|Subscribe | What is RSS|
Contact: Mike Theune, Fire Information Officer, 559-565-3703SEQUOIA AND KINGS CANYON NATIONAL PARKS, Calif. April 2, 2019 – Sequoia and Kings Canyon National Parks are releasing their 2018 fire year summary and 2019 prescribed burn and mechanical treatments to the public. Mechanical fuels treatments, prescribed burns, lightning-caused wildfires managed for multiple objectives, and full-suppression strategies and tactics all play a role in protecting these highly valued resources and assets. The use of a variety of wildland fire management tools makes wildfire management efforts much more safe and cost effective.
In 2018 the parks had thirty wildfires in the parks, nine human-caused and twenty-one lightning-caused. While this continues the trend that most fires in these parks are natural ignitions, low-elevation areas may go into fire restrictions again this year in order to reduce the risk from unwanted human-caused fires. Firefighters and fire personnel additionally responded to five mutual-aid fire requests on neighboring lands and supported seventy-three in-park search-and-rescues. Furthermore, fire staff traveled to seventy off-park fires / incidents in 2018
Over 2,000 acres were either treated by prescribed burns, mechanical methods or wildfires that were managed for multiple objectives. Fires that needed direct suppression due to threats to parks resources or assets accounted for less than 100 acres. The 1,777-acre Eden Fire and the nearly 100-acre Dennison Fire were two late season lightning-caused fires that restored natural fire to areas with no known fire history.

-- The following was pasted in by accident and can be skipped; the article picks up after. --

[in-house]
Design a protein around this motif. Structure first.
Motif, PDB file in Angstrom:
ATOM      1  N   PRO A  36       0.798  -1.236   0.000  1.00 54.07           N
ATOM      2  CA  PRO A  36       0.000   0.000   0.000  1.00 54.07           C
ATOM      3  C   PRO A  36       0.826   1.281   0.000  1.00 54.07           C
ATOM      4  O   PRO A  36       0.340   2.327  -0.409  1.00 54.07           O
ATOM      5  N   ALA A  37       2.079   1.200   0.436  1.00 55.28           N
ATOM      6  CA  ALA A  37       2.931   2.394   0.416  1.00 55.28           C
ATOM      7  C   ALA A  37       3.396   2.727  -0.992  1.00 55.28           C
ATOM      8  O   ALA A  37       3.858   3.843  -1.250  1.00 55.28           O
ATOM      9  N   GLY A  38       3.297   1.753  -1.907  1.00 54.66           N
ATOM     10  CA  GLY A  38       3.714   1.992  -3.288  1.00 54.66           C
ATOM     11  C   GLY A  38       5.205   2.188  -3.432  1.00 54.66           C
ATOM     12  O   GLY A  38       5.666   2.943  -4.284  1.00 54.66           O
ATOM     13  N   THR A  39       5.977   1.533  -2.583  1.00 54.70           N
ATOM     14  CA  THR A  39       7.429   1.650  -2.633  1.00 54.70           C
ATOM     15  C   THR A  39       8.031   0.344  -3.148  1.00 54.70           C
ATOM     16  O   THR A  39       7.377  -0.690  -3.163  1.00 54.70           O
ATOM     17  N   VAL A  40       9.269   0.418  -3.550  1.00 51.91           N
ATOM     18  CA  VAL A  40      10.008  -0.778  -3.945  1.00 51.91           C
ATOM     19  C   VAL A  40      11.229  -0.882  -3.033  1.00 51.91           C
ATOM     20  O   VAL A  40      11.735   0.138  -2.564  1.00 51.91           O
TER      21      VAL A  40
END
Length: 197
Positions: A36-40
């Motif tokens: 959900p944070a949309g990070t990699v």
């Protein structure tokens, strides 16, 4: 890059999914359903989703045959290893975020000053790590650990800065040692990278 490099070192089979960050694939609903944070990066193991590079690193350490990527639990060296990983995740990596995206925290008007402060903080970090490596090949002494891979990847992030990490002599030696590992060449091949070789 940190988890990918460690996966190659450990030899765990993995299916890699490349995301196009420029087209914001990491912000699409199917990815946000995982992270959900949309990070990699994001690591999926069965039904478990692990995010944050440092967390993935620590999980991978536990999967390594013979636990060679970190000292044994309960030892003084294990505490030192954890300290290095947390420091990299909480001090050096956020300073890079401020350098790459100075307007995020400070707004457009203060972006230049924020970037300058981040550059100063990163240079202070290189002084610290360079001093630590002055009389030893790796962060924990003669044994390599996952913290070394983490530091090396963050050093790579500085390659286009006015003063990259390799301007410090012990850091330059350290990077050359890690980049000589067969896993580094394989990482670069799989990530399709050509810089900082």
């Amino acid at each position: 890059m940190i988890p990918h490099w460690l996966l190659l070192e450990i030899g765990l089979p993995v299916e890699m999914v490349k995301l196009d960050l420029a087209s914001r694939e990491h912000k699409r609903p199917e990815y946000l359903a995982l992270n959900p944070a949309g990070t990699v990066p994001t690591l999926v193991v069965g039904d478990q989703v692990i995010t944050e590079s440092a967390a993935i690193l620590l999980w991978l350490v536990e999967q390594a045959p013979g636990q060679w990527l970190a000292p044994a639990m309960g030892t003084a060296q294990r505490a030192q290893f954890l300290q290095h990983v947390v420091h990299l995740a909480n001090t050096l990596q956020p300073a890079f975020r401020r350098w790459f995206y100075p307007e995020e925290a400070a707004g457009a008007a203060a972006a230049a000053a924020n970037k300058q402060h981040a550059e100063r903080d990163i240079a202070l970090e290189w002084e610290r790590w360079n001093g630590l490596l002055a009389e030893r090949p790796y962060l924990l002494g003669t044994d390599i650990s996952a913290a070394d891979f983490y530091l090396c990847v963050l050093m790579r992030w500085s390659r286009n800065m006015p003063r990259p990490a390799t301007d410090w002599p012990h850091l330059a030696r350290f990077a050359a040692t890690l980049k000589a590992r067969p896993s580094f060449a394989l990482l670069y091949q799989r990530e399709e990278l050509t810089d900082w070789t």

“There is no single solution for managing fire in the Sierra Nevada,” shared John Ziegler, acting parks fire management officer, this week. “It’s by working with multiple federal, state, and local agencies, along with the public’s support, that we can reduce negative impacts and long-term risk, while continuing to make these special places more sustainable for future generations.”
Both the Eden and Dennison Fires should be seen as a success story for the health and well-being of our public lands. By not taking any direct suppression action on these fires, the parks did not put any on the ground firefighters in harm’s way, created contemporary fire history in an area that has over a century of extreme fuel loading, and greatly reduced costs and risks associated with fully suppressing all fires, all the time. Compared to the 2018 Horse Creek Fire in the same area, Mineral King Valley, the Eden Fire cost about 1/10th the amount and covered an area 52 times the size.
Each year, managers prepare an Annual Fuels Treatment Plan that lists all the approved prescribed burns and mechanical fuel reduction projects that will help the parks accomplish goals. In all, there are five planned projects totaling over 1,600 acres. More than 100 acres will be focused on mechanical thinning treatments to reduce hazardous fuel build up around Ash Mountain, Grant Grove, and the Lodgepole /Wuksachi areas.
Depending on weather and fuel conditions, the earliest projects planned for this year are the 485-acre Sherman Prescribed Burn and the 25-acre Ash Mountain Mechanical and Prescribed Burn. Additionally the parks are planning for the 560-acre Park Ridge Prescribed Burn and the 461-acre Cedar Central Prescribed Burn this spring. However, some projects may take place this fall if conditions are not conducive or in prescription as desired for this spring.
A full list of the planned projects can be seen by visiting .
If you are visiting the parks, be aware that fire and smoke can be present at any time. Since the execution of burns depends on air quality, local fire activity, fuel moisture, and weather, the times and dates listed on the website are estimates only.
About Sequoia and Kings Canyon National Parks’ Fire Management Program
For over fifty years, our mission has been to use the full range of options and strategies available to manage fire in the parks. This includes protecting park resources, employees, and the public from unwanted fire; building and maintaining fire resilient ecosystems; reducing the threat to local communities from wildfires emanating from the parks or adjacent lands; and recruiting, training, and retaining a professional fire management workforce.
Last updated: April 2, 2019